Over the river and through the woods to grandmother's house we go.
Every now and then I am reminded of the power of rituals. Take Thanksgiving, for example.
Each November my family makes our annual pilgrimage to my wife's hometown, Schuylkill Haven, Pennsylvania.
I know what to expect, and I actually enjoy it far more than I ever left on.
About 12:30pm her brother and his family arrive. Our children are teenagers now, and they make all kinds of teenage noises and teenage jokes and teenage protests.
My wife helps her father add another leaf to the oak table. There's always room for more.
My sister-in-law, apple pie in hand, bounces into the kitchen with boundless energy.
And my mother-in-law? She is awake well before dawn transforming flour and yeast and water into fresh rolls.
At 1:00pm, we sit down, and before us is a veritable feast. If you enjoy Pennsylvania Dutch cuisine, this is the place for you. The table is filled with oyster stuffing and potato filling, dried corn and sweetened carrots, turkey and ham, cranberry relish and pepper cabbage.
A short prayer is offered, and then, as he has done so many, many times before, my father-in-law raises his glass of wine and says, "It's good to be here today. Here's to another good year, and hopefully we will all be back together next November."
Thanksgiving often serves as nothing more than a speed bump on our dash towards Christmas. It is Black Friday Eve.
But somehow this year is different. Maybe it's the graying and thinning mop on my head. Maybe it's the daunting reality of terrorism. Maybe it's the plight of hundreds of thousands of refugees.
For whatever reason, I keep hearing my father-in-law's annual words, and I wonder how many more Thanksgivings we will share with one another. I feel surprisingly vulnerable.
Rituals have a way of doing this, of course. They are not mindless routines. Rituals frame our lives. They give us sturdy emotional and spiritual structure so we can come face to face with those tender parts of ourselves that yearn to be touched, comforted, and sometimes, simply acknowledged.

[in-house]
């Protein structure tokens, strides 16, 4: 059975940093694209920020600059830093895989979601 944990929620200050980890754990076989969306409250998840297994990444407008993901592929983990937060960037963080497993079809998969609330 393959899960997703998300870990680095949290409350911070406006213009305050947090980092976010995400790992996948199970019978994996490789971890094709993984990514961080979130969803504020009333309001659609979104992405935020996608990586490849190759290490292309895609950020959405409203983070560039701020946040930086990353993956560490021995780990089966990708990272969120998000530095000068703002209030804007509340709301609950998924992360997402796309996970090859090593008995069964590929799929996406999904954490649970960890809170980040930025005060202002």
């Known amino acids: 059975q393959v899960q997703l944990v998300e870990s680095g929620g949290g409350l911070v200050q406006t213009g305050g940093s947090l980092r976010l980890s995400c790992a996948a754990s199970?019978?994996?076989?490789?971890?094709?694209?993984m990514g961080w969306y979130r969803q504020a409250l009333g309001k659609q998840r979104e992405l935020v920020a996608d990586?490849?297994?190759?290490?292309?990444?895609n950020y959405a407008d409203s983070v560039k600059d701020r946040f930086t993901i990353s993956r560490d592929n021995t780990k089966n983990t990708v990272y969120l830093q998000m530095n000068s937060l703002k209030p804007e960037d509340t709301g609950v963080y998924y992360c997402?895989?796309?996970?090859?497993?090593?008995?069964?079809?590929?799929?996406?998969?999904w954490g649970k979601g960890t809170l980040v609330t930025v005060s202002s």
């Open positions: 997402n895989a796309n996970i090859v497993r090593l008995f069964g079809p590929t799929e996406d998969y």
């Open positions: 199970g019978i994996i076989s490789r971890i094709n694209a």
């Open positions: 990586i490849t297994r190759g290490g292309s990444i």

That's why we cry at weddings. That's why we swallow that lump in our throat when see the American flag flying at half-staff. That's why graduations can be bittersweet. We rejoice in our accomplishments even as we say goodbye to treasured friends.
Rituals provide just enough security for us to claim our muted hopes and stifled fears, our deep joys and heavy sorrows.
On my desk I keep a picture of my son and me. When he was four years old, he woke up Thanksgiving morning and said, "I want to go turkey hunting." It was bitterly cold outside. Pa tied a net to a long stick, and the two of us explored a nearby cemetery. We saw a groundhog hole, but no turkey.
That picture shows the two of us, net in hand, storming up a hill to catch some unsuspecting fowl.
Someone recently asked, "Patrick, what are you thankful for this year?"
I replied, "My son. I love the time I spend with him." Those words are absolutely true.
Unfortunately, I have had a tendency to let my work supplant time with my family. Sermons and meetings, this crisis and that crisis have consumed far too many of my evenings.
I don't like to admit that, but it's true.
And that brings us back to rituals. Rituals help us to remember what is truly important in our lives. My father-in-law's words echo within me.
I have more that I want to write about the holidays but...
Wait a minute. I hear my son downstairs.
I hear my son downstairs? Why am I sitting at a computer?
I am going to plop down right beside him.
And as we watch football, or wrestle, or simply laugh, I will wonder. I will wonder about the day when he will raise up a glass of wine and offer a toast on behalf of his family.
After all, rituals are important.